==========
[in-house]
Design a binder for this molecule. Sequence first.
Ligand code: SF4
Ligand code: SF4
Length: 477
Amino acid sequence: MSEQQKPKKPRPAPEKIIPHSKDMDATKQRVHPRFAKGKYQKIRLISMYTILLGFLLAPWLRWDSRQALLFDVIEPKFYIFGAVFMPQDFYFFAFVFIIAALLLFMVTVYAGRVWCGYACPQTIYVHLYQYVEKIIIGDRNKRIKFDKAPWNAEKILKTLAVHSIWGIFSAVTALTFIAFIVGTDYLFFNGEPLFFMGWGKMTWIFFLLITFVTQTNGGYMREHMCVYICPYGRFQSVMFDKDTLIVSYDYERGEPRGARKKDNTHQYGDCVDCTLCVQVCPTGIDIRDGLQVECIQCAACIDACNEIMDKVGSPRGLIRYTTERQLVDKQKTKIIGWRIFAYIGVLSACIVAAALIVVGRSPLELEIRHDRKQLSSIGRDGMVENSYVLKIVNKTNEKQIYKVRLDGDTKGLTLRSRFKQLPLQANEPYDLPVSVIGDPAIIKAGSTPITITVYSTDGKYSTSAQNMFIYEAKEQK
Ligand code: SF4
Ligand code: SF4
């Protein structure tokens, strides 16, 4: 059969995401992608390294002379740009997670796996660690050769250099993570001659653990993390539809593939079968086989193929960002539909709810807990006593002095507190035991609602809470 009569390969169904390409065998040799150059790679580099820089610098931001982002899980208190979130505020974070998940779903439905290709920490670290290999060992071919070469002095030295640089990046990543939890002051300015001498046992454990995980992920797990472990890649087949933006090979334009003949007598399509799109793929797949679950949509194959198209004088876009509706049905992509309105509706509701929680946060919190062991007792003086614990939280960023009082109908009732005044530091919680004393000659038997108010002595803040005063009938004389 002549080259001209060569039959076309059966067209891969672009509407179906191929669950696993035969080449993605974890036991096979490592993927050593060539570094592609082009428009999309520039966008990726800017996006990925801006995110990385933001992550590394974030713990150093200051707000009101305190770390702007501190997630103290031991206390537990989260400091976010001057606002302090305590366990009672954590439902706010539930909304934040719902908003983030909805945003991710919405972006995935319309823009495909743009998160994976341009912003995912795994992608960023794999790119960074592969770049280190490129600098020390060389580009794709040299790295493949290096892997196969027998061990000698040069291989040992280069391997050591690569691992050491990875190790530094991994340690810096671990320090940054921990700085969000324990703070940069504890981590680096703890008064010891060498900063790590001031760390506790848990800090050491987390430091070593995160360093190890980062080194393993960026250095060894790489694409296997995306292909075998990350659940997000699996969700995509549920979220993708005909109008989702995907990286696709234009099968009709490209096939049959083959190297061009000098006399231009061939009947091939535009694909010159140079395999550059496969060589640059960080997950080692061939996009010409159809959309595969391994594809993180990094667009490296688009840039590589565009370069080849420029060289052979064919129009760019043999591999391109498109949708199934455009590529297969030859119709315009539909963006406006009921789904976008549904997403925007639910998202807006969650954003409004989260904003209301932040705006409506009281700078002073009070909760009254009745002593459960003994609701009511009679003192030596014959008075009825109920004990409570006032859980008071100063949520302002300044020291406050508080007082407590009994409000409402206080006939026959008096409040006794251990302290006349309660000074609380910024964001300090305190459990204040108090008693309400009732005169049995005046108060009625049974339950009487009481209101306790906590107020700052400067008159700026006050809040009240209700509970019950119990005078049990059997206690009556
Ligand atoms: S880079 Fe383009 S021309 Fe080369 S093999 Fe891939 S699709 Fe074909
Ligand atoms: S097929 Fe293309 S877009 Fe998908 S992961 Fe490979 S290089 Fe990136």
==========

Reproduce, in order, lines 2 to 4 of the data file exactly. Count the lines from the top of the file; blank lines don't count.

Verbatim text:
Design a binder for this molecule. Sequence first.
Ligand code: SF4
Ligand code: SF4